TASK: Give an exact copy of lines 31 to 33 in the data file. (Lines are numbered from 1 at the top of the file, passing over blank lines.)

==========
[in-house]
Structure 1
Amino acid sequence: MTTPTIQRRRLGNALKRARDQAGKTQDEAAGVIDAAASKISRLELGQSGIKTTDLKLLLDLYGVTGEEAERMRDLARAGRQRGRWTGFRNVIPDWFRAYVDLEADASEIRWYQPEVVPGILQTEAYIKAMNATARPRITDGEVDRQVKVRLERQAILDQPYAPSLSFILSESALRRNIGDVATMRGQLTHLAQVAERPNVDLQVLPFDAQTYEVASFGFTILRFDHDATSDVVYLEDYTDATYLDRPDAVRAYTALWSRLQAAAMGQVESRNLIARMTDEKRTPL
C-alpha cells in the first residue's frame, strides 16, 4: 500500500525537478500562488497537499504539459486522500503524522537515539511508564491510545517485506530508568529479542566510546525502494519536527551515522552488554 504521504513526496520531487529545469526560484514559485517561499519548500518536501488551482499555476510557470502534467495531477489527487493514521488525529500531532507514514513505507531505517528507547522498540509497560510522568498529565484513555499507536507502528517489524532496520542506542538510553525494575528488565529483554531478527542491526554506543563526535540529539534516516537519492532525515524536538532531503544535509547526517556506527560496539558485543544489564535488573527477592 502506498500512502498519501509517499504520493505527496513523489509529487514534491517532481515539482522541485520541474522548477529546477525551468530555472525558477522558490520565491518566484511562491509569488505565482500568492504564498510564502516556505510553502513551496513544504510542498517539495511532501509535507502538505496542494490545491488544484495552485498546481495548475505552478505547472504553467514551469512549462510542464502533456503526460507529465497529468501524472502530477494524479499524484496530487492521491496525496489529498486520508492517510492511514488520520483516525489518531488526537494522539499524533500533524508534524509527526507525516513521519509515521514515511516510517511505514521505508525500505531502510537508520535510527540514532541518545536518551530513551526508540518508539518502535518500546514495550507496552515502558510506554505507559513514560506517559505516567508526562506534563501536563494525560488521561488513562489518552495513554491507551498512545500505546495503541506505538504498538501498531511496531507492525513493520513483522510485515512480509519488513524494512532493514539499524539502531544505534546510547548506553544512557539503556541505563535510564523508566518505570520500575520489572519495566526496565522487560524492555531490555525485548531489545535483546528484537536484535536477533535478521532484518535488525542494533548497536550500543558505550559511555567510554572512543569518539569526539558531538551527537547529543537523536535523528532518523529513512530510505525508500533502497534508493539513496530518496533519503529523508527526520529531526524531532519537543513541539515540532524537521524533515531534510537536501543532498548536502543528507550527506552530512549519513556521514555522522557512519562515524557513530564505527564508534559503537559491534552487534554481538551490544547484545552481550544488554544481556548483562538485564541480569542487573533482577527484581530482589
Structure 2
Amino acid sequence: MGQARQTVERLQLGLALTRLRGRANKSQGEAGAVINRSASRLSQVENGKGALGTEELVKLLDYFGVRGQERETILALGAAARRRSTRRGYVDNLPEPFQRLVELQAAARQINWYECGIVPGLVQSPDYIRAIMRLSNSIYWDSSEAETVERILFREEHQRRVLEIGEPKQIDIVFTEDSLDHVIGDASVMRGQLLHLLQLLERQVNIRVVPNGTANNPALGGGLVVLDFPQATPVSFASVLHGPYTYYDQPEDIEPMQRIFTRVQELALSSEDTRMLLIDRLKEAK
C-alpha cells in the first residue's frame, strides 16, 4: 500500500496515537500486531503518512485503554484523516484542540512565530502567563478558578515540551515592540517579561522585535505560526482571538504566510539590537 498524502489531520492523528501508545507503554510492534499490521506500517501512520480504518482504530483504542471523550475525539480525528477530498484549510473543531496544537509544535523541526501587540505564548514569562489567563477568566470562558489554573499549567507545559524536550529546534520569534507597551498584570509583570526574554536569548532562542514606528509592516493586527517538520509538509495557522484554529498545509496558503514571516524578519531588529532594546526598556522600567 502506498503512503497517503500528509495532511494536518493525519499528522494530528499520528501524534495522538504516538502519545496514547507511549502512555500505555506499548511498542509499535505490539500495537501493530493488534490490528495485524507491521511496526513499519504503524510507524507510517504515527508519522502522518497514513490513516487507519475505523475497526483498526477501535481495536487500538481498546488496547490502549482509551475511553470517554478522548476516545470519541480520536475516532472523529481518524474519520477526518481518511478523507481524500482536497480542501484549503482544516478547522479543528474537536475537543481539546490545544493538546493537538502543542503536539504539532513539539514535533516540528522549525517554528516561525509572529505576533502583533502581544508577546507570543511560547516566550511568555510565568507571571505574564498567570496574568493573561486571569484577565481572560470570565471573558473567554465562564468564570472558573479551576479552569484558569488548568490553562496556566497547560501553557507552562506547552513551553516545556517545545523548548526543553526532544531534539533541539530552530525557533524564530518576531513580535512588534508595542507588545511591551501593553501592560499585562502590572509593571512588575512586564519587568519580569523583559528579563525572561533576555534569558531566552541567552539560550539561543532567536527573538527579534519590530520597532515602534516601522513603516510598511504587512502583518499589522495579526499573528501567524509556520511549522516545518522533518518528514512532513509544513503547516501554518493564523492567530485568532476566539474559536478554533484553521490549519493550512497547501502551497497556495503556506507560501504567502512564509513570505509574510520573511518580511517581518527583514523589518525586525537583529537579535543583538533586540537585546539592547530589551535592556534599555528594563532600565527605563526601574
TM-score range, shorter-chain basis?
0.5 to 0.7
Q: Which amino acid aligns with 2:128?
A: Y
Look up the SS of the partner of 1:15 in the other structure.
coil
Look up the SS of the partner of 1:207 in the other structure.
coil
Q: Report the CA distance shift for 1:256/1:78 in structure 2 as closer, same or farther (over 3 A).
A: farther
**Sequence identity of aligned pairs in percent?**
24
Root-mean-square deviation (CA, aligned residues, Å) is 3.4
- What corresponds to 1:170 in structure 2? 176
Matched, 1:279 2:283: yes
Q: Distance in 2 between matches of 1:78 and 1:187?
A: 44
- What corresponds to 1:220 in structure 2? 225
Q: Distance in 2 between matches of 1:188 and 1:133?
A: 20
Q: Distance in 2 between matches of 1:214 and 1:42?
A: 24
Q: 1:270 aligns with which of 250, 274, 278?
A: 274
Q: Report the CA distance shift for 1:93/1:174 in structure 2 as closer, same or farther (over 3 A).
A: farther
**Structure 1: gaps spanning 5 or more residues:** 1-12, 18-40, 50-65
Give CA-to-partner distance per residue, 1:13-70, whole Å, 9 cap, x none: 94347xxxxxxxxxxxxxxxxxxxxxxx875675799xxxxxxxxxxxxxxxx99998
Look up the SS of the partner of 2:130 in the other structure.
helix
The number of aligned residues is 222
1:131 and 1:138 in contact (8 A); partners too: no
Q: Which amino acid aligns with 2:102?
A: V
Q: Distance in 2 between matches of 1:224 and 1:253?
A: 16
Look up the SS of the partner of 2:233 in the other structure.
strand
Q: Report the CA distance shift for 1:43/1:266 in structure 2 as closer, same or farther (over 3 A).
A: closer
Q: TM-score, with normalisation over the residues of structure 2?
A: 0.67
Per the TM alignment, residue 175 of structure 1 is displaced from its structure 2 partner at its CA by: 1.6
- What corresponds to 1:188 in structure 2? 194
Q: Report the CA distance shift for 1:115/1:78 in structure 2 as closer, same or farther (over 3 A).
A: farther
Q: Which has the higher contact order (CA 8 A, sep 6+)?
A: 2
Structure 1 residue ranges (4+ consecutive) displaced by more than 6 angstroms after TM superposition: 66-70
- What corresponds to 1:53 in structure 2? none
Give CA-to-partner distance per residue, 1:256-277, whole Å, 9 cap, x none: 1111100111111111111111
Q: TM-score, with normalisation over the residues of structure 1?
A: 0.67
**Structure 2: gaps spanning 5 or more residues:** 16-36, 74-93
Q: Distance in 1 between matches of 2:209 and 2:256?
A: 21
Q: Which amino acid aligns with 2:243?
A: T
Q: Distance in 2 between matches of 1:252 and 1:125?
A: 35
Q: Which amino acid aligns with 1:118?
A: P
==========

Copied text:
A: 274
Q: Report the CA distance shift for 1:93/1:174 in structure 2 as closer, same or farther (over 3 A).
A: farther